Forty years ago this past Monday was an awe-inspiring event. I remember exactly where we were for the first manned lunar landing in history.
We lived in Cambridge, Md., in a small upstairs apartment on High Street. We were glued to the TV as Walter Cronkite described this marvelous accomplishment.
It’s ironic that his death occurred as we celebrate the anniversary. One of the many tributes to Cronkite reported two of three televisions were tuned to the moon landing—much easier to do before these days of cable TV and satellite programming.
I even looked out the window at the moon that night to see if I could see activity up there.
If you have a few people in the room and want to have some fun, discuss the meaning of “a couple,” “a few,” “several,” “many,” “large number,” and “lots.” You can probably think of more words like them.
I think 60 degrees in the summer is not as cool as 60 degrees in the winter.
Early Sunday morning I looked out the window and saw it was only 60 degrees outside, so thought I needed a long-sleeved polo to go walking.
It didn’t take long to realize it was a big mistake. What to do?
Because my route took me a ways from home, I couldn’t quickly walk back and change. And no one wants to see an old guy without a shirt, especially one who has absolutely no tan.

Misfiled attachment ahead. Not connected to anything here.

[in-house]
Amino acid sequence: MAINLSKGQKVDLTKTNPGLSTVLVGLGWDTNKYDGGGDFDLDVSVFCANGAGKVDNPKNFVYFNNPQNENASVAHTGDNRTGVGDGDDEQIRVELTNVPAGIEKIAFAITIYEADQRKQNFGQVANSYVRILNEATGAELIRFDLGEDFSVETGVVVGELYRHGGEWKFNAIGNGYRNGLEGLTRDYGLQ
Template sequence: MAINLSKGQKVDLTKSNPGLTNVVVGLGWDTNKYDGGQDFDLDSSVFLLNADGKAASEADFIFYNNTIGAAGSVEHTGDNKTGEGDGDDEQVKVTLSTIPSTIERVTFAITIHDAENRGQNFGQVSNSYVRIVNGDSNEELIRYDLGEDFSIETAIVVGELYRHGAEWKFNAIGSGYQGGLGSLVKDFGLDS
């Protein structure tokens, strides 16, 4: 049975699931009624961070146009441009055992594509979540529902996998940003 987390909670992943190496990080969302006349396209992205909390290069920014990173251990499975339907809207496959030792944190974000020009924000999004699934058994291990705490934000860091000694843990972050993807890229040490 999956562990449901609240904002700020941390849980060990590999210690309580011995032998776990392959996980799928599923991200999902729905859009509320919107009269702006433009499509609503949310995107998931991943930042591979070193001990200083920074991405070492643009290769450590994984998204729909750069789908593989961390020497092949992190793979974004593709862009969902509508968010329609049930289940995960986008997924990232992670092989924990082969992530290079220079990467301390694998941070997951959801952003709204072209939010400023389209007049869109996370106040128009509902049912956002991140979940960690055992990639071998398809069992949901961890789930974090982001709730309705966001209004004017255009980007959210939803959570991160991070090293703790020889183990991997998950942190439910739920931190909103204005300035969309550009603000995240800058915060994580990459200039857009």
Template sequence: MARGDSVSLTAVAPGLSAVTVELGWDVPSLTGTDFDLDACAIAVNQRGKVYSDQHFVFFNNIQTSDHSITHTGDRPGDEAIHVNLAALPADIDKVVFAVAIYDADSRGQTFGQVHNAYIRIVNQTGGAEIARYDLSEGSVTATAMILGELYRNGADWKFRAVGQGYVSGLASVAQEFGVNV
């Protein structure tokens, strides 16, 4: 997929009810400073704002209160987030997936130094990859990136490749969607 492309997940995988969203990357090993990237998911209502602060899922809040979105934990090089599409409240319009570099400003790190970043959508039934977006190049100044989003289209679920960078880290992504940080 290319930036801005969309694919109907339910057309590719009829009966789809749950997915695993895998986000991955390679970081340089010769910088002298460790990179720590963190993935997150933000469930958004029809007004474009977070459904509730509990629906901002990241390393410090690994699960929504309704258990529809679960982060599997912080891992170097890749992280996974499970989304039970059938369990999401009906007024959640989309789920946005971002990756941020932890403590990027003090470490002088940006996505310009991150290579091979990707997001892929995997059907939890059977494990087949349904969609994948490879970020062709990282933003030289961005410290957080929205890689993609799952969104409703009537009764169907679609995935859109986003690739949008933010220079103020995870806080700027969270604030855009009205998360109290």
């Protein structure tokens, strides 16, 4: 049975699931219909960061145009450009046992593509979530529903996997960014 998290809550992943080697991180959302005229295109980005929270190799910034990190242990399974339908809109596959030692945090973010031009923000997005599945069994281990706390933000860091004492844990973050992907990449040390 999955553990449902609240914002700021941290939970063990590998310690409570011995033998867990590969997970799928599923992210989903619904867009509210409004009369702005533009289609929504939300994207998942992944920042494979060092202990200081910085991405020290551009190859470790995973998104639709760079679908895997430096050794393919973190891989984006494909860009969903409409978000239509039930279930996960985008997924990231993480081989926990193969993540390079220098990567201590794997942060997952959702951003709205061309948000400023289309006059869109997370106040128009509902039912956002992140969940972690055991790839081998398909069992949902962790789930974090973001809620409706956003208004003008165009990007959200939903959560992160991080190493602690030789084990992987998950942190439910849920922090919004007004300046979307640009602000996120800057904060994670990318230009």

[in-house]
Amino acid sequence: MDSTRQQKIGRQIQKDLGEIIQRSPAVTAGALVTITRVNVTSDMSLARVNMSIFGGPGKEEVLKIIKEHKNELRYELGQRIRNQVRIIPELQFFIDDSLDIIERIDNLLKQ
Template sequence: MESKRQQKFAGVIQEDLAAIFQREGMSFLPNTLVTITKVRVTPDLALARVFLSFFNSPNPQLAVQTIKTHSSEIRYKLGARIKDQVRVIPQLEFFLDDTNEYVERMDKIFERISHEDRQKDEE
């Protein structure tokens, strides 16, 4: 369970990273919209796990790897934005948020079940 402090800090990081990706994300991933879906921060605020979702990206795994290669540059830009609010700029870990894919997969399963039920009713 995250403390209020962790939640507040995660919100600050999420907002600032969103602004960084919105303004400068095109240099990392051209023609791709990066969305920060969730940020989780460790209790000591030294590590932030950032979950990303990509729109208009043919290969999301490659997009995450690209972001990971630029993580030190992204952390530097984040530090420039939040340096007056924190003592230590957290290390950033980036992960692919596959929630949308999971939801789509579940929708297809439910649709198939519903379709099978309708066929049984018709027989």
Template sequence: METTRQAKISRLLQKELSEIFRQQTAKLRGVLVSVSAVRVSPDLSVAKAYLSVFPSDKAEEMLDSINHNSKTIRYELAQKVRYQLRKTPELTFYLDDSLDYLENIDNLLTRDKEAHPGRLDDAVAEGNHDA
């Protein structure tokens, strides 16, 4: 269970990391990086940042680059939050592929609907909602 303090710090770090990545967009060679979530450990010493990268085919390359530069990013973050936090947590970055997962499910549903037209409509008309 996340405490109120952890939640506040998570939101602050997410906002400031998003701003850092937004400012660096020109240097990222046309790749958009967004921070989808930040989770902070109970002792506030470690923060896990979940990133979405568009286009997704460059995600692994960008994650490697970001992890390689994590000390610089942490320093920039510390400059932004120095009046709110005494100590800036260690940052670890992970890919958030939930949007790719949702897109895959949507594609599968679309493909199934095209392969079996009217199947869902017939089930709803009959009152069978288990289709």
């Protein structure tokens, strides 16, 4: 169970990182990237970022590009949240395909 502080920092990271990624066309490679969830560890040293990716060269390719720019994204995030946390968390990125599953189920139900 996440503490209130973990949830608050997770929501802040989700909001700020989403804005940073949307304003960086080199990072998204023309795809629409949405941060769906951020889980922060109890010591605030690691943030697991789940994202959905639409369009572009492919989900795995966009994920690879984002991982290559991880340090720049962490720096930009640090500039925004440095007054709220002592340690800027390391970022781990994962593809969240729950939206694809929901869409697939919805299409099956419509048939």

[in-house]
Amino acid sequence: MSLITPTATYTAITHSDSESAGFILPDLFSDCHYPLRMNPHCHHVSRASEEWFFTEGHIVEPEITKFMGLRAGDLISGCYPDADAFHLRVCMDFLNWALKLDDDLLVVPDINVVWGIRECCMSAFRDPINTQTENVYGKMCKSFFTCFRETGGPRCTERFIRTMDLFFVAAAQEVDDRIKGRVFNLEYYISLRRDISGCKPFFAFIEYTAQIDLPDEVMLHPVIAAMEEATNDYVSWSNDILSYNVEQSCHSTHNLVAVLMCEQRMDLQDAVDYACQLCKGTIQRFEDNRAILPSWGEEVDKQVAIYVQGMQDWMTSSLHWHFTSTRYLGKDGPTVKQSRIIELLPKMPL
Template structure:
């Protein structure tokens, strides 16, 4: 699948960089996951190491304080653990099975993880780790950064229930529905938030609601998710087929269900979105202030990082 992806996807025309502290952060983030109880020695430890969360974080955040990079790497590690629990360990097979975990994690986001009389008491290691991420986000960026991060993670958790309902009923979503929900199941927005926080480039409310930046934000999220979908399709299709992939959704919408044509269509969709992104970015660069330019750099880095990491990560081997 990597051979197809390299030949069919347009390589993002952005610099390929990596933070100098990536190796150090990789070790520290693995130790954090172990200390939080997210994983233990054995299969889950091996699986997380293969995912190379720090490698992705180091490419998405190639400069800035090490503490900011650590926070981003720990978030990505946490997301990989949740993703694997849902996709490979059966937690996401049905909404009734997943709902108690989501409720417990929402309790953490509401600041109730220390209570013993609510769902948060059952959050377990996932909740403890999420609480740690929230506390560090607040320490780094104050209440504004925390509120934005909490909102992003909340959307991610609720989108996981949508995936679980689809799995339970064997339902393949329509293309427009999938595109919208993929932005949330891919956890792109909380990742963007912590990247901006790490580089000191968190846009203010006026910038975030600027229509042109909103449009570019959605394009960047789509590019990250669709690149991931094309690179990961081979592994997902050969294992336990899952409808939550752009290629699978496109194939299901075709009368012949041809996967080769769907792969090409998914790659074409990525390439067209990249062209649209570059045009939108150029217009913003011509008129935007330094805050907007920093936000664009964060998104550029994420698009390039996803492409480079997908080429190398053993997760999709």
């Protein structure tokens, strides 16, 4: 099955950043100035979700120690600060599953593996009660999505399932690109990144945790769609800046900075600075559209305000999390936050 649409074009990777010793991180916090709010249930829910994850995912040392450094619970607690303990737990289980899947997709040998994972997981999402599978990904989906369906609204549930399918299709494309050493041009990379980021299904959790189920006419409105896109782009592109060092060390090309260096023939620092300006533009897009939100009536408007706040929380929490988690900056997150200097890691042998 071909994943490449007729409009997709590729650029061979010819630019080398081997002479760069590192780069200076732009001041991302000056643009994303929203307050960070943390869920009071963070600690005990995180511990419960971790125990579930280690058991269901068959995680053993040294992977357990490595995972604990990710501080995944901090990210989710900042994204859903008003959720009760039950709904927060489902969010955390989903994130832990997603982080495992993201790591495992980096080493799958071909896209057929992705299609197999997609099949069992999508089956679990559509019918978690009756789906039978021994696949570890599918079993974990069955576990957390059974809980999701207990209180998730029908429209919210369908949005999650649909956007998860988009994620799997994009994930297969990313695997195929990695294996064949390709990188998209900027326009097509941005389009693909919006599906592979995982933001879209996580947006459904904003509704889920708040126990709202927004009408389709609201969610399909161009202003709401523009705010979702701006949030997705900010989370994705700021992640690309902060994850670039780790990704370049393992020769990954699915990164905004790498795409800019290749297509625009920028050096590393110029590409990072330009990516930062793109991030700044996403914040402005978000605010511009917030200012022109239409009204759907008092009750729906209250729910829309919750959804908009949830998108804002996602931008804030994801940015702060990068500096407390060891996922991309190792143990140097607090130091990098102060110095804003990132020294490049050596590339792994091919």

A good soaking sweat never hurt anyone.
I still resist purchasing a GPS because I think my built-in system works pretty well. What’s the fun of traveling if someone or something tells you where to go? I’d still rather look at a map or google it, then go for it.
A recent trip to Iowa for a board meeting proved my internal GPS works just fine.
The meeting was at a relatively new resort built on one of the Corps of Engineers flood-control lakes in southeast Iowa.
The resort was located on the north side of the reservoir, and the map showed the main roads leading to it would take me east of it, then north and back west—far out of my way, it seemed.
Coming home I decided to head west and then south, even after a Department of Natural Resources employee told me my idea was wrong.
Turned out I was right, and cut about 20 miles off the trip.
So what’s “a few”? Less than “many,” more than “a couple”?
Even a few can mean more than one thing: he had a “few” drinks and “he’s had a few,” meaning too many.
The definition of “several” is more than two but not many—but how many is many?
“Many” people attended the event means how many? The definition of many is a “large number of.” Very unambiguous.
All of our grandsons from Atlanta are coming to stay with us for a number of days to take in their favorite event, the Marion County Fair, which has several attractions they really like. We are looking forward to many good times while they are here.
Online readership continues to grow of our flip-through-the-pages edition of the Free Press. It is an exact version of the printed newspaper and features an archive of the previous 52 issues, which is completely searchable. Try it out if you haven’t already.